Friday, April 24, 2009

It's a Jungle Out There

One thing you discover quickly about bike riding in South Florida is that you're bound to run into some interesting critters along the way. Just the other day, I saw a black duck standing on the back of a white duck -- just standing, no monkey business -- out in the middle of a pond. Moments later, as I was winding my way through one of our parks, I heard a rustling off to my side. When I looked over to see what the commotion was all about, I spotted at least a dozen, yard-long iguanas, shuffling alongside a stream. I didn't have my camera that day. But I made sure to take it along this morning when I rode out to Brian Piccolo Park, which was named in memory of the former Chicago Bears football player who died of cancer at age 26. If you saw the tearjerker "Brian's Song," you know who I'm talking about.

The park has wonderful facilities, everything from softball diamonds to a velodrome. But it also contains a wide variety of wildlife. My favorites are the burrowing owls, which are indigenous to the area. They're small (about 10 inches in height), have yellow eyes and are skittish about us humans. Approach too closely and they duck into the safety of their burrows right quick. Here's a couple I found out on my ride this morning:





A little further down the path, I saw the aforementioned iguanas running for cover into the reeds. Some of these guys scoot using only their hind legs. They were too quick for this shutterbug and they got away before I could fire off a frame. But not every reptile in the park managed to escape my lens. I found this Cuban Anole looking for morsels on a tree. I happen to have a Cuban lizard living in the tree in my front yard and, after hearing that they can be aggressive, I push the lawnmower a little quicker whenever I'm underneath the branches. They're not as large as an iguana, but at a foot in length they're not exactly the little, finger-sized brown lizards that my cats love to chase and pester:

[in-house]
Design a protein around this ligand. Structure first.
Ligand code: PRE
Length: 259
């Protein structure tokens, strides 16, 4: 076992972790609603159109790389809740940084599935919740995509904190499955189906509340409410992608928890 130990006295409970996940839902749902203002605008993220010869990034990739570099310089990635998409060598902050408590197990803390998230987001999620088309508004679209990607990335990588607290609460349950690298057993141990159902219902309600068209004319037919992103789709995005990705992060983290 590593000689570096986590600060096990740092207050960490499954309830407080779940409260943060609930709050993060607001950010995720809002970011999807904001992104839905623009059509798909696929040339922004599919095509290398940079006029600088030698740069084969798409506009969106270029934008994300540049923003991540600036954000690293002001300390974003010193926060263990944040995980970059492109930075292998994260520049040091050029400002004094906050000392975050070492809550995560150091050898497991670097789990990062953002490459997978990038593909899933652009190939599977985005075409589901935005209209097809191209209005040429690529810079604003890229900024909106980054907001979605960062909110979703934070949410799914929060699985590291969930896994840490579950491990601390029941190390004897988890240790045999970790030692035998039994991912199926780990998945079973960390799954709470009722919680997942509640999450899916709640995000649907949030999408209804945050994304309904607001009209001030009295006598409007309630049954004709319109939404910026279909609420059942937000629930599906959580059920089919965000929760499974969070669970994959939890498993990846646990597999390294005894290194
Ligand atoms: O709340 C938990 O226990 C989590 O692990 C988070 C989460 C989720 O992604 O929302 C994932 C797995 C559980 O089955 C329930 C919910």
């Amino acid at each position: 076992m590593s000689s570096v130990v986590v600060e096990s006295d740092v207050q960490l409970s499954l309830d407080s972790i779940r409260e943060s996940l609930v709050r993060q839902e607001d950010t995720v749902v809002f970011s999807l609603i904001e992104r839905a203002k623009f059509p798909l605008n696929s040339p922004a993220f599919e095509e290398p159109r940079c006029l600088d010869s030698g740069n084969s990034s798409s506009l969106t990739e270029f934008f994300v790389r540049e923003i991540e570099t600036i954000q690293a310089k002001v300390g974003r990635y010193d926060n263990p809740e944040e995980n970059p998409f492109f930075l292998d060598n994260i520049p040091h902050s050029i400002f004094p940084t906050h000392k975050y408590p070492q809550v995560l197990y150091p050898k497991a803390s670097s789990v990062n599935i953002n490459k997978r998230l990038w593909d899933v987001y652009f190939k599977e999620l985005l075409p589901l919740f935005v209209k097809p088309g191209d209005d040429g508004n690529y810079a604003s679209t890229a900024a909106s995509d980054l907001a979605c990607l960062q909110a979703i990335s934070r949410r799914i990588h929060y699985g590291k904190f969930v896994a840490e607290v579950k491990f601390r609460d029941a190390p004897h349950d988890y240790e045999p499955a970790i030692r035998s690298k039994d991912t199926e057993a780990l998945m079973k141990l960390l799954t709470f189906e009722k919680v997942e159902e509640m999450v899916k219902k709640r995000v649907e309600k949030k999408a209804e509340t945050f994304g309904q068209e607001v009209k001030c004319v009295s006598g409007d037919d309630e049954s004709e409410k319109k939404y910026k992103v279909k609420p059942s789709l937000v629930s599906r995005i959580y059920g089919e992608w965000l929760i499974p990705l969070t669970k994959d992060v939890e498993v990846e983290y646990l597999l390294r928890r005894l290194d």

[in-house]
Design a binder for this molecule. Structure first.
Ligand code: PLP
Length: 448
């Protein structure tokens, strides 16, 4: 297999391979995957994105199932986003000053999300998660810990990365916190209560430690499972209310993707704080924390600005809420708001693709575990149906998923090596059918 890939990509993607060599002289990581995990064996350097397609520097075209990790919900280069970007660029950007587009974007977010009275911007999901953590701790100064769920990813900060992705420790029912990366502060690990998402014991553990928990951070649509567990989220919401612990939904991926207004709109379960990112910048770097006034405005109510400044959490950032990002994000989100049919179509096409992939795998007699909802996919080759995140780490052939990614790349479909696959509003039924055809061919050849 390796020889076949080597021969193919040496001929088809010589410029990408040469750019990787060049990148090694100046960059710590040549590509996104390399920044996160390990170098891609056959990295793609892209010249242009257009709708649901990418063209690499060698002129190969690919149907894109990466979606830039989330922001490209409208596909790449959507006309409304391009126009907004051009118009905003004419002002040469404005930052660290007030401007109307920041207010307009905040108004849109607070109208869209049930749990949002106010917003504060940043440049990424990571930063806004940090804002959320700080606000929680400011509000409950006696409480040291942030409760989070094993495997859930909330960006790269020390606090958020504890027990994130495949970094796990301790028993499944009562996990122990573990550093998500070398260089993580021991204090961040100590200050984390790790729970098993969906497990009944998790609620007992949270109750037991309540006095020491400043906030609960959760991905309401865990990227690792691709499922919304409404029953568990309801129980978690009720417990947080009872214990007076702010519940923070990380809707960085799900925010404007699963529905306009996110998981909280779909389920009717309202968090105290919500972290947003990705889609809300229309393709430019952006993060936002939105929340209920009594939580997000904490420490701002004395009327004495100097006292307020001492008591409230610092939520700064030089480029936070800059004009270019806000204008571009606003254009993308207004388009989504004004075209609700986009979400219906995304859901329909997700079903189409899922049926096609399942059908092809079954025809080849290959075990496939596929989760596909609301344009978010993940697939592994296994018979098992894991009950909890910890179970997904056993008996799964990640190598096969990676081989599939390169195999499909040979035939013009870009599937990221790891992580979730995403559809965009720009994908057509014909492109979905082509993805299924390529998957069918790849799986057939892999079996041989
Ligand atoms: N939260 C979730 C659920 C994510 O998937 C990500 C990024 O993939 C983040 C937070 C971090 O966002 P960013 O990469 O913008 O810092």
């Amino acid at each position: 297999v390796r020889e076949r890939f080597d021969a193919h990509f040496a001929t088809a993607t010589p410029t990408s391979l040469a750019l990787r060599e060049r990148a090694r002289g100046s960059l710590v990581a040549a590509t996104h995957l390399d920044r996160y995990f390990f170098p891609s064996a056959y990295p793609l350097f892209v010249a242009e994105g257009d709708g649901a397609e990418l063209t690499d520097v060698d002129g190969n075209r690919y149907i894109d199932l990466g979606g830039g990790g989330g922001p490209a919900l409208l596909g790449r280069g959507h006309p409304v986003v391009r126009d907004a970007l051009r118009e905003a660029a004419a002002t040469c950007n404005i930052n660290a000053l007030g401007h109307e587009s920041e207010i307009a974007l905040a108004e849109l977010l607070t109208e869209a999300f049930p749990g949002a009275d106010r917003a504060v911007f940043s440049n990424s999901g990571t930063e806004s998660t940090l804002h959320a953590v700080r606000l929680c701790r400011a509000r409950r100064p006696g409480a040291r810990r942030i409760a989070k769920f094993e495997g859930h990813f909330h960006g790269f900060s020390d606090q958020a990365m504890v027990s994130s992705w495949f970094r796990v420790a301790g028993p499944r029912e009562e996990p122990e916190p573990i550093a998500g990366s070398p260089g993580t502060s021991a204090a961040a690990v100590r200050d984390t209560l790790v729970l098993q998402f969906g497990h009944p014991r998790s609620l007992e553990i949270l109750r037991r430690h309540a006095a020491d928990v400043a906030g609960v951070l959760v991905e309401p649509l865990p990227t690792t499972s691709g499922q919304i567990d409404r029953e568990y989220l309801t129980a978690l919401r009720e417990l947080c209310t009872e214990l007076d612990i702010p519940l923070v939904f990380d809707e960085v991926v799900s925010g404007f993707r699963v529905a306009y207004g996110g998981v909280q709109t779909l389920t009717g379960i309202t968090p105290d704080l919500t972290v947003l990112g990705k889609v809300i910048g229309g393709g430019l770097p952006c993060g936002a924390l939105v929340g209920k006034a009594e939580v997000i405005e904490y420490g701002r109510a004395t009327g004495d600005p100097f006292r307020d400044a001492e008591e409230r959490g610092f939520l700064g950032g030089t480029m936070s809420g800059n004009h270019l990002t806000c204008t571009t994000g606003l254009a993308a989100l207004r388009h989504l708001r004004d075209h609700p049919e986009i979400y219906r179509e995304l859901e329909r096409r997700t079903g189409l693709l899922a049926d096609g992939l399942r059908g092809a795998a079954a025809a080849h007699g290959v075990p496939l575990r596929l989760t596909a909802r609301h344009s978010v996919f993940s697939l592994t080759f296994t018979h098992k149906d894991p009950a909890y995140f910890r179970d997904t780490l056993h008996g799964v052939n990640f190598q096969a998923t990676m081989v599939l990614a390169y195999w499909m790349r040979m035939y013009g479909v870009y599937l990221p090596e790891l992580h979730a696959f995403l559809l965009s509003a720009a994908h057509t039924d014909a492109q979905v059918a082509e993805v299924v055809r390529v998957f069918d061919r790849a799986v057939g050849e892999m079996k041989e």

Last but not least on my biking junket, a green parrot. This guy/gal? was up in a tree with a twig in its mouth. Not the greatest shot in the world, but it was as close as he/she would allow me to get. I was told by one of the park employees that the parrots are migratory and make four stops a year at the park:


Next, I'm thinking of trying the Shark Valley bike trail in the Everglades but am having a bit of trouble finding a biking buddy to join me. It might have something to do with the alligators that like to sun along the paved, 15-mile trail. But you'd have to ask them.


4 comments:

  1. I love that in the Everglades there are canoe routes. Overnight canoe routes, that include floating tent sites. What I don't understand is exactly how they work. There are giant gator proof containers for your food, and you sleep away the night in a giant nylon taco shell. Hmmmmmmm.....

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  2. Alligators and it's name is Shark Valley??? um... count me out!

    Thankfully I live in CA where we only have Sharks ;)

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  3. Great adventure, but what made me comment is this over on the right side: "We Have No Idea What These Do."

    NEITHER DO I! I have them on my blog too because I thought they were important. I even signed up for them myself -- and then nothing happened. Nothing that I can tell.

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  4. Just guessing, but maybe gators are turned off by nylon, Oreneta. C'mon, Red, it's only a bike ride with a few hazards thrown in. As for those "things" off to the side, Rose, you'll have to ask J.G. She knows more about that stuff than I do.

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